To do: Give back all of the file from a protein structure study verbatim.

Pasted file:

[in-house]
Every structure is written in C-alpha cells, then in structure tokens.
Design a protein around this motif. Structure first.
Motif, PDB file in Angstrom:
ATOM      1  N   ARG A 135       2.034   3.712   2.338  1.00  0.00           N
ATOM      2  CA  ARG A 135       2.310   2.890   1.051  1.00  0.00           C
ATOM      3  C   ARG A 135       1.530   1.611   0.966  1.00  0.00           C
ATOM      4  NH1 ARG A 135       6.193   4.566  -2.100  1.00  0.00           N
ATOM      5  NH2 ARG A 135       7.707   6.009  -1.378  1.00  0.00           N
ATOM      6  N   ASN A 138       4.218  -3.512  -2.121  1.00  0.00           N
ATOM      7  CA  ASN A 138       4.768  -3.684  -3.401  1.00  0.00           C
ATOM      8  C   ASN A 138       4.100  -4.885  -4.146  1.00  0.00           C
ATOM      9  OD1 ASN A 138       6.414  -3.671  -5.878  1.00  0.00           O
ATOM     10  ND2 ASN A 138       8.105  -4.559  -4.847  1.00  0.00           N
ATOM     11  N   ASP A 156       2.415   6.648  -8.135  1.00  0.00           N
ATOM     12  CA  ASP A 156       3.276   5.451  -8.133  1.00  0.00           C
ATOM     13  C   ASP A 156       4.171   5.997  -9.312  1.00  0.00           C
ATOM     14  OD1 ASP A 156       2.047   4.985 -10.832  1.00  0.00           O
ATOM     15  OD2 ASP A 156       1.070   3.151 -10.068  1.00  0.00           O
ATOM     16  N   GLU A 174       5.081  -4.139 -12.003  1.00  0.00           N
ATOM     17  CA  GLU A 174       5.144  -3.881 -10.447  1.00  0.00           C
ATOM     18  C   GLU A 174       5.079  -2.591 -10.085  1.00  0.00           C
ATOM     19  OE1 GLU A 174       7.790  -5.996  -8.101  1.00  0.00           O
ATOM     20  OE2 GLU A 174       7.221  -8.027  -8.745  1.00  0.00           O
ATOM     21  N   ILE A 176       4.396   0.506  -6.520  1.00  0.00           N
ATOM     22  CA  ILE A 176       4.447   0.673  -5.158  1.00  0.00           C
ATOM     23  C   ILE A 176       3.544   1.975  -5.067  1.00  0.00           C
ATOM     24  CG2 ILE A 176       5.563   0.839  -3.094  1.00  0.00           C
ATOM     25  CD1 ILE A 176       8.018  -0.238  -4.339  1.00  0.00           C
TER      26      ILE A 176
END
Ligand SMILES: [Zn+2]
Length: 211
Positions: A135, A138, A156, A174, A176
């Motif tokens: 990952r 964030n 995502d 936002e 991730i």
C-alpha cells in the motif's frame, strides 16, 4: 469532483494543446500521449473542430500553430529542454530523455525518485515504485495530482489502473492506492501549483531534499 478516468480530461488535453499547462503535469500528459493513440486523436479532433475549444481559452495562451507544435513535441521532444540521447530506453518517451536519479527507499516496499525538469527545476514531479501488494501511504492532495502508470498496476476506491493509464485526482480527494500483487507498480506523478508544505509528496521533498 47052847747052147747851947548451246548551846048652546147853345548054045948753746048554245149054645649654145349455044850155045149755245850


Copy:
[in-house]
Every structure is written in C-alpha cells, then in structure tokens.
Design a protein around this motif. Structure first.
Motif, PDB file in Angstrom:
ATOM      1  N   ARG A 135       2.034   3.712   2.338  1.00  0.00           N
ATOM      2  CA  ARG A 135       2.310   2.890   1.051  1.00  0.00           C
ATOM      3  C   ARG A 135       1.530   1.611   0.966  1.00  0.00           C
ATOM      4  NH1 ARG A 135       6.193   4.566  -2.100  1.00  0.00           N
ATOM      5  NH2 ARG A 135       7.707   6.009  -1.378  1.00  0.00           N
ATOM      6  N   ASN A 138       4.218  -3.512  -2.121  1.00  0.00           N
ATOM      7  CA  ASN A 138       4.768  -3.684  -3.401  1.00  0.00           C
ATOM      8  C   ASN A 138       4.100  -4.885  -4.146  1.00  0.00           C
ATOM      9  OD1 ASN A 138       6.414  -3.671  -5.878  1.00  0.00           O
ATOM     10  ND2 ASN A 138       8.105  -4.559  -4.847  1.00  0.00           N
ATOM     11  N   ASP A 156       2.415   6.648  -8.135  1.00  0.00           N
ATOM     12  CA  ASP A 156       3.276   5.451  -8.133  1.00  0.00           C
ATOM     13  C   ASP A 156       4.171   5.997  -9.312  1.00  0.00           C
ATOM     14  OD1 ASP A 156       2.047   4.985 -10.832  1.00  0.00           O
ATOM     15  OD2 ASP A 156       1.070   3.151 -10.068  1.00  0.00           O
ATOM     16  N   GLU A 174       5.081  -4.139 -12.003  1.00  0.00           N
ATOM     17  CA  GLU A 174       5.144  -3.881 -10.447  1.00  0.00           C
ATOM     18  C   GLU A 174       5.079  -2.591 -10.085  1.00  0.00           C
ATOM     19  OE1 GLU A 174       7.790  -5.996  -8.101  1.00  0.00           O
ATOM     20  OE2 GLU A 174       7.221  -8.027  -8.745  1.00  0.00           O
ATOM     21  N   ILE A 176       4.396   0.506  -6.520  1.00  0.00           N
ATOM     22  CA  ILE A 176       4.447   0.673  -5.158  1.00  0.00           C
ATOM     23  C   ILE A 176       3.544   1.975  -5.067  1.00  0.00           C
ATOM     24  CG2 ILE A 176       5.563   0.839  -3.094  1.00  0.00           C
ATOM     25  CD1 ILE A 176       8.018  -0.238  -4.339  1.00  0.00           C
TER      26      ILE A 176
END
Ligand SMILES: [Zn+2]
Length: 211
Positions: A135, A138, A156, A174, A176
């Motif tokens: 990952r 964030n 995502d 936002e 991730i």
C-alpha cells in the motif's frame, strides 16, 4: 469532483494543446500521449473542430500553430529542454530523455525518485515504485495530482489502473492506492501549483531534499 478516468480530461488535453499547462503535469500528459493513440486523436479532433475549444481559452495562451507544435513535441521532444540521447530506453518517451536519479527507499516496499525538469527545476514531479501488494501511504492532495502508470498496476476506491493509464485526482480527494500483487507498480506523478508544505509528496521533498 47052847747052147747851947548451246548551846048652546147853345548054045948753746048554245149054645649654145349455044850155045149755245850